Sponsored by:

Comment, blog & share photos

Log in | Become a member
The Honolulu Advertiser
Posted on: Sunday, May 16, 2010

No easy technological fix for ATM attack scenarios

By Michelle Singletary

WASHINGTON I've played out in my head many times what I would do if I were abducted and forced to withdraw money from an ATM.

Well, first, if the low-life took me to an automatic teller machine not owned by my bank, I'm sure an alarm would go off because I never use other bank ATMs to withdraw money. The machine would say, "What!?" and immediately spit out my card.

OK, that wouldn't really happen, but it's my delusion.

I've thought about plugging in the wrong PIN so many times that the ATM would lock up. But I would surely anger my abductor if I did that.

I've imagined pushing a panic button on the ATM that would summon the police.

Interestingly, within the Credit Card Accountability Responsibility and Disclosure Act of 2009 or Credit CARD Act was a provision for the Federal Trade Commission to study and report to Congress the cost-effectiveness of making available ATM emergency PIN technology that would enable a banking customer who is under duress to electronically alert a local law enforcement agency.

This week, the FTC issued the report, more than two months overdue. With a lot of "we don't know," the agency couldn't recommend anything.

Specifically, the FTC was asked to look at "emergency PIN" or "reverse PIN" and "alarm button" technologies. An emergency PIN would allow a customer in trouble to enter some variant of their regular bankcard PIN in the keypad and that would summon police. With a reverse PIN, a customer would punch in his or her PIN backward, which would alert authorities that a robbery was in progress. So if your PIN was "1234," you would hit "4321."

The reverse PIN has been rumored for years to be installed on ATMs. But this is an urban legend.

The FTC discussed another emergency PIN system that has been unsuccessfully marketed to banks. The "ATMOnGuard" requires a customer to punch one number after his or her PIN. The additional number would indicate whether the transaction was being conducted under duress.

Really, all the electronic alert options sound feasible to me.

But it took the FTC 38 pages to conclude that the available technology probably wouldn't "deter any type of ATM crime, and in some instances may actually increase the risk of danger to ATM customers." Oh, and even if the technology was effective, the costs of implementing an emergency PIN system could be substantial, although the agency couldn't give any estimates.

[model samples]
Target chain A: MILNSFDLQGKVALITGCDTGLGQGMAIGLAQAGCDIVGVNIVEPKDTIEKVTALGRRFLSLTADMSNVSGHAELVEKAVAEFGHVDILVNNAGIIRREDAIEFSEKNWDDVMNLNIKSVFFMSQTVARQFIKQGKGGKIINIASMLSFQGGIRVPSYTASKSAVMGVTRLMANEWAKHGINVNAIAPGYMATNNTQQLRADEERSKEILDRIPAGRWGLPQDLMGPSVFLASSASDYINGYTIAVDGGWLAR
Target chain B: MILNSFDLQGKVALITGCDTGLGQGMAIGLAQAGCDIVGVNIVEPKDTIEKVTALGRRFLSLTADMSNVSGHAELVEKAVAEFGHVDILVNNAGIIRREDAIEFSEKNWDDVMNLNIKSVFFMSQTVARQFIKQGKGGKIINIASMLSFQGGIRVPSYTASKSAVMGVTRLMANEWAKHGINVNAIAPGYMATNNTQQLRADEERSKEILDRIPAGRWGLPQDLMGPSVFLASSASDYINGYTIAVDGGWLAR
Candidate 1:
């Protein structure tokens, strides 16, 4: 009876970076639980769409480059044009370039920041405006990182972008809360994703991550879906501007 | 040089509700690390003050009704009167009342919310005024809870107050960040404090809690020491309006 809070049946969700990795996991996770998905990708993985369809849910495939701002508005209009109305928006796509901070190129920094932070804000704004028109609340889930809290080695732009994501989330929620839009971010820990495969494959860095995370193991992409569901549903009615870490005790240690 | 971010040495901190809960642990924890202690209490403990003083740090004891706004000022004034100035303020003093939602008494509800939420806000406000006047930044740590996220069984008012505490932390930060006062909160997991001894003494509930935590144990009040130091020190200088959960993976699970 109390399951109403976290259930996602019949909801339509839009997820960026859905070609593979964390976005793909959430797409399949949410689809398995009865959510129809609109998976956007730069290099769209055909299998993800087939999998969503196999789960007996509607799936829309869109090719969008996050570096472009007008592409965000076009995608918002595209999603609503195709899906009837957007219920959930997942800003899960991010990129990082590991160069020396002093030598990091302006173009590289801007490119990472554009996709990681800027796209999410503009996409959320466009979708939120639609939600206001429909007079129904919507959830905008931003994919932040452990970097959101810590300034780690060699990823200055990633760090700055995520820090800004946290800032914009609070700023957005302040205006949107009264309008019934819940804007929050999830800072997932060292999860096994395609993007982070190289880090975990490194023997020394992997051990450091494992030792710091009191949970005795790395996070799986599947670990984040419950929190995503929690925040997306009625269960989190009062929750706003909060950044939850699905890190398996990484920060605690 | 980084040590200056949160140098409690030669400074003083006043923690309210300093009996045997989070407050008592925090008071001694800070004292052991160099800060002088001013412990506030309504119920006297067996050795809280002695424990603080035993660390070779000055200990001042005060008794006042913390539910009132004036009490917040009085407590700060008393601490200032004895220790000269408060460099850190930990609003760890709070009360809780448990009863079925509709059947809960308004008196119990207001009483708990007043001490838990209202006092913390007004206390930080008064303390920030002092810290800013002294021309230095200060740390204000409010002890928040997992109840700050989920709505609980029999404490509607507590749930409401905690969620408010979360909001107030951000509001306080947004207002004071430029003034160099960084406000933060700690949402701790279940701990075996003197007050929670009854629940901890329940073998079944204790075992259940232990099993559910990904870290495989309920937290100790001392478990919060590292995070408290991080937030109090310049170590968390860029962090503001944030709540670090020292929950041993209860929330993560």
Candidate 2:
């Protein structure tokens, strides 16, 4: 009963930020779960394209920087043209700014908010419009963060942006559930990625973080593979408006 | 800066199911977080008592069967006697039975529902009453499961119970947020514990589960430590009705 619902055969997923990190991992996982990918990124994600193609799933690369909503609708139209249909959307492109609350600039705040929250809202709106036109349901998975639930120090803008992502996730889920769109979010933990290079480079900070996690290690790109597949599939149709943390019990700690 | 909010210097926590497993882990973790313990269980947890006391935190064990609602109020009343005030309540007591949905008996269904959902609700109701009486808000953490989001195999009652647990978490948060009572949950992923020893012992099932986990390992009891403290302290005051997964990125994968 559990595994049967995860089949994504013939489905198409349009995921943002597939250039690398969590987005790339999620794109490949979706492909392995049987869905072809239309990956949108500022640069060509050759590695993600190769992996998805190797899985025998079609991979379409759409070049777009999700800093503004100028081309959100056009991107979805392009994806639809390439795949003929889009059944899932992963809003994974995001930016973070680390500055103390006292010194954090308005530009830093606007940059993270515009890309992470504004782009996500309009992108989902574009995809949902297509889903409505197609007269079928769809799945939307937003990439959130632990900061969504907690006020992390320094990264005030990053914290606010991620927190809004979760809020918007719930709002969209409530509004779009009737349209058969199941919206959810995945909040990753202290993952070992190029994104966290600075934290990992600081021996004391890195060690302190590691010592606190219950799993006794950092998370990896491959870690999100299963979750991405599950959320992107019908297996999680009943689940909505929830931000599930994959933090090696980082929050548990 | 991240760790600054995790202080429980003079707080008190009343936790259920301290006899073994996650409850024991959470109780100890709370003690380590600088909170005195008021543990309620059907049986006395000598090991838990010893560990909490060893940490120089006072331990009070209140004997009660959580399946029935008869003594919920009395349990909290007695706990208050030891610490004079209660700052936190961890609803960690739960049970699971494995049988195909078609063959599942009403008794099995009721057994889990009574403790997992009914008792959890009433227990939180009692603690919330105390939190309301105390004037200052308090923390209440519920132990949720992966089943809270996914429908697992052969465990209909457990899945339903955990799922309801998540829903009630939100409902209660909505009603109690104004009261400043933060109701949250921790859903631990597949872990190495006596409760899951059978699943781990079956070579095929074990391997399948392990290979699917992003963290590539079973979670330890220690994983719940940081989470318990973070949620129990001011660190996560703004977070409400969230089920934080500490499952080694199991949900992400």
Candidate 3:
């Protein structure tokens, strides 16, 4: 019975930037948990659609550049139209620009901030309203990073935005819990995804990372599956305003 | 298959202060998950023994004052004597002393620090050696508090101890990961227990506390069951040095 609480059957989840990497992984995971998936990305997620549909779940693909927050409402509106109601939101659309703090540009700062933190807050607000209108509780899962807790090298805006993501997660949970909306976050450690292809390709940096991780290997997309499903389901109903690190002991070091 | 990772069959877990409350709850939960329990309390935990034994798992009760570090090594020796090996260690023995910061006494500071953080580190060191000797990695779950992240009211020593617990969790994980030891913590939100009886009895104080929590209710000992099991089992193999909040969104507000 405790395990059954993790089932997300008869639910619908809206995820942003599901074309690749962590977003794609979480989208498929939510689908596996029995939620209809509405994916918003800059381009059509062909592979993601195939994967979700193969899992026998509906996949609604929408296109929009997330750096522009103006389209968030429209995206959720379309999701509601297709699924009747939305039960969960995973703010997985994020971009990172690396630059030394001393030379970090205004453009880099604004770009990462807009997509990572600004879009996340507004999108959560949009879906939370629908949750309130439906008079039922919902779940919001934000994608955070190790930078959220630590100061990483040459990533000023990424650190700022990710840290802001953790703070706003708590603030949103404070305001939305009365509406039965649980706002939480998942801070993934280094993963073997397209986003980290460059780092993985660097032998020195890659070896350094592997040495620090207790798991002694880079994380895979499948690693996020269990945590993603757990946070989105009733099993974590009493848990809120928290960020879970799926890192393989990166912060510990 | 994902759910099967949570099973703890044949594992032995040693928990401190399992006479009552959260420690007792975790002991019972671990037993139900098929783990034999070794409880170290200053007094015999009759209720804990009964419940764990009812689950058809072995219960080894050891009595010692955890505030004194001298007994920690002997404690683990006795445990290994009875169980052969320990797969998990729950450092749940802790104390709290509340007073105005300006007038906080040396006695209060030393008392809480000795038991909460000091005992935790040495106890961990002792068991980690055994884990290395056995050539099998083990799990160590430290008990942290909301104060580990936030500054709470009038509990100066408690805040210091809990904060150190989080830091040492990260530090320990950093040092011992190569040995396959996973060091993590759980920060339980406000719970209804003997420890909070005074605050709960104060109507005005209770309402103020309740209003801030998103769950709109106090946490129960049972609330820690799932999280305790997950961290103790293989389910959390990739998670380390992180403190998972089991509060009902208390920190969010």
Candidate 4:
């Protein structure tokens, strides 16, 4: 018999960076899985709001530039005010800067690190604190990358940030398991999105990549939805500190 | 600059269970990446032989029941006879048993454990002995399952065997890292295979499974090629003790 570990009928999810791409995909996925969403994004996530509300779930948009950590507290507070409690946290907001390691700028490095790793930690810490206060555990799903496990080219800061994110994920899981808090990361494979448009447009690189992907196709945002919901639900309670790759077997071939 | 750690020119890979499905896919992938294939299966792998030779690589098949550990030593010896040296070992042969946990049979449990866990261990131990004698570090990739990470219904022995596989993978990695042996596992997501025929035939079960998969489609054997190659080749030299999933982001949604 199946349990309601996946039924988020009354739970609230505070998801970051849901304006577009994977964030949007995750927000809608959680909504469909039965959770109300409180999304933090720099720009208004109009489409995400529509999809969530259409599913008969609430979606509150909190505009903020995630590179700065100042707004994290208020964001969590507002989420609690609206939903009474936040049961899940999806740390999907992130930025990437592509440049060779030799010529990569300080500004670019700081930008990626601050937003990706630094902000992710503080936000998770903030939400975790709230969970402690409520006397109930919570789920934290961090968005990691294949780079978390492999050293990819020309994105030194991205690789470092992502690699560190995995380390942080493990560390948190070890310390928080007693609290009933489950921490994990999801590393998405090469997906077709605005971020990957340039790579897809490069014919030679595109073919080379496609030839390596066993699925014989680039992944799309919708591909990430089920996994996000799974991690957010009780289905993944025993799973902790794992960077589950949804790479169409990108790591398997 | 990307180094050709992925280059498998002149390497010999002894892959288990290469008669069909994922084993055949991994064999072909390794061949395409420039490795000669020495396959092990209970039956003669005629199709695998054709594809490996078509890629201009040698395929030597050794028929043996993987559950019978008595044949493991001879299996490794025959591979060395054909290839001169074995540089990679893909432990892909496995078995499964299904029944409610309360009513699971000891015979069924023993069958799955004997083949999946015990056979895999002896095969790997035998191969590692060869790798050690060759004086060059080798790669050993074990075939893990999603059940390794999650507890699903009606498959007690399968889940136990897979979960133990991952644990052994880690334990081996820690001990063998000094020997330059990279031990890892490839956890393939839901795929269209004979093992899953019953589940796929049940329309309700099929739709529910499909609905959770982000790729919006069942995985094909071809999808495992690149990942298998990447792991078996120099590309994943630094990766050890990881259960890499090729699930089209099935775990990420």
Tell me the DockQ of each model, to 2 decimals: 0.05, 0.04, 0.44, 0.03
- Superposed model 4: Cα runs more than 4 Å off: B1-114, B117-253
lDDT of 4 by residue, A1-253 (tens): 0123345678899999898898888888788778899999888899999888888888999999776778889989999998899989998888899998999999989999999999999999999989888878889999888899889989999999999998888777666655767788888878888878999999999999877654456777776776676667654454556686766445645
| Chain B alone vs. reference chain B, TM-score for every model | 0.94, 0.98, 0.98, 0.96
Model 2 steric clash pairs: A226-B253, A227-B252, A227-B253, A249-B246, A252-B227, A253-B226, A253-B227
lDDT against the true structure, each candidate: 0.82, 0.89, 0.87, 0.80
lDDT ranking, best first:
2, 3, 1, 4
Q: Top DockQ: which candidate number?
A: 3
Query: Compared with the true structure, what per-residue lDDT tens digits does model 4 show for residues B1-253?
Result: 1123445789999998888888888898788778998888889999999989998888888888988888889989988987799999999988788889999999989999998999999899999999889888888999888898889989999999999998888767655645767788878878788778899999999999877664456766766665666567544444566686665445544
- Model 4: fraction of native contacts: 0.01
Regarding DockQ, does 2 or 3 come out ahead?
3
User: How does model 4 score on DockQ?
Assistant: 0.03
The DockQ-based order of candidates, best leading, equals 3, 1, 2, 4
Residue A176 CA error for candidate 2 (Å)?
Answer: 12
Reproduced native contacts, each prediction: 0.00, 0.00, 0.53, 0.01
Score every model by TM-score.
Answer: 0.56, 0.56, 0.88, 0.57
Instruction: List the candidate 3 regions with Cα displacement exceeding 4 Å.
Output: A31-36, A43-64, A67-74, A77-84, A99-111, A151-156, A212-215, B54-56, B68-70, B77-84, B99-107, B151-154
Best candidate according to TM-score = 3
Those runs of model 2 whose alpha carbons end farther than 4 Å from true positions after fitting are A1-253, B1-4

Although there seem to be regular news reports of robberies of ATM customers, there is little data that specifically tracks ATM robberies where a victim is compelled to withdraw funds. What evidence there is suggests that the majority of ATM robberies occur after the victim has already withdrawn funds and isn't using the keypad, which means an emergency activation system wouldn't help.

The banking industry hasn't been persuaded that ATM emergency alert systems would work either.

"The findings of the FTC report confirm what we have been saying for years," said Margot Mohsberg, a spokeswoman for the American Bankers Association. "The reverse PIN technology does not improve the safety of ATM users. ... We are always looking for new ideas to improve the safety of our customers, but research by several banks across the country has found that the reverse PIN technology does not do this."

Mohsberg said the banks that have looked into the available technology concluded that it doesn't improve customer safety. On the contrary, she said, the institutions felt the technology could further endanger customers by giving them a false sense of security.

Mohsberg raised some good questions about the technology.

What if a customer fumbles trying to remember her PIN backward?

If the customer was able to punch in the coded PIN, would there be enough time for the police to respond?

"The best thing a person can do in an attempted robbery is hand over the money, get as far away from the robber as possible and when you are in a safe place, contact the police," she said. "No amount of money is worth endangering your life."

The concerns raised in the FTC report and by the banking industry are reasonable. It's just that we've become so used to technology solving so many of our problems that it seems implausible that we can't find a safe technological way to thwart this particular crime.

Ultimately in my ATM attack scenarios, I just hand over the money and pray that I'll be let go unharmed. It is just money.

Michelle Singletary writes for the Washington Post. Her e-mail address is sin gletarym@washpost.com.